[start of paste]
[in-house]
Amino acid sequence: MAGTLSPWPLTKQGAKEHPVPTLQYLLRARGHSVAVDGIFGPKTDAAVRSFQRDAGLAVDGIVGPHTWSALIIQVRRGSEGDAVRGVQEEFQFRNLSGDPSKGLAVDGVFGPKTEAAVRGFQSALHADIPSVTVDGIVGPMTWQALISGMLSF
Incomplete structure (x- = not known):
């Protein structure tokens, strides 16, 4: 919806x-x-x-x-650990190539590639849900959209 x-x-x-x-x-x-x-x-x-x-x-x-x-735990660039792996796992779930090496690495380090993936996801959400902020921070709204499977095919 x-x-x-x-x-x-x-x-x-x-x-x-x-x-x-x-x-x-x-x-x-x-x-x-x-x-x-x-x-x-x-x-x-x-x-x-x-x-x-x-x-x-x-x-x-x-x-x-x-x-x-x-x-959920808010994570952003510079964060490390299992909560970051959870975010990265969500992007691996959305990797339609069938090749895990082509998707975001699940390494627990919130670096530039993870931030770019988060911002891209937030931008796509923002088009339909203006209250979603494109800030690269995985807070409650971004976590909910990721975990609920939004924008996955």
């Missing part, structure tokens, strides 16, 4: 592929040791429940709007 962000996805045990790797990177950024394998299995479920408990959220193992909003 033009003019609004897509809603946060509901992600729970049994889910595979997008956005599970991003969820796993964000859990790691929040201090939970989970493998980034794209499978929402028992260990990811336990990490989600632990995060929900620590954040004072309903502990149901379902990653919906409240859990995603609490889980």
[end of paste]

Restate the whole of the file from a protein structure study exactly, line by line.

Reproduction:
[in-house]
Amino acid sequence: MAGTLSPWPLTKQGAKEHPVPTLQYLLRARGHSVAVDGIFGPKTDAAVRSFQRDAGLAVDGIVGPHTWSALIIQVRRGSEGDAVRGVQEEFQFRNLSGDPSKGLAVDGVFGPKTEAAVRGFQSALHADIPSVTVDGIVGPMTWQALISGMLSF
Incomplete structure (x- = not known):
């Protein structure tokens, strides 16, 4: 919806x-x-x-x-650990190539590639849900959209 x-x-x-x-x-x-x-x-x-x-x-x-x-735990660039792996796992779930090496690495380090993936996801959400902020921070709204499977095919 x-x-x-x-x-x-x-x-x-x-x-x-x-x-x-x-x-x-x-x-x-x-x-x-x-x-x-x-x-x-x-x-x-x-x-x-x-x-x-x-x-x-x-x-x-x-x-x-x-x-x-x-x-959920808010994570952003510079964060490390299992909560970051959870975010990265969500992007691996959305990797339609069938090749895990082509998707975001699940390494627990919130670096530039993870931030770019988060911002891209937030931008796509923002088009339909203006209250979603494109800030690269995985807070409650971004976590909910990721975990609920939004924008996955």
């Missing part, structure tokens, strides 16, 4: 592929040791429940709007 962000996805045990790797990177950024394998299995479920408990959220193992909003 033009003019609004897509809603946060509901992600729970049994889910595979997008956005599970991003969820796993964000859990790691929040201090939970989970493998980034794209499978929402028992260990990811336990990490989600632990995060929900620590954040004072309903502990149901379902990653919906409240859990995603609490889980």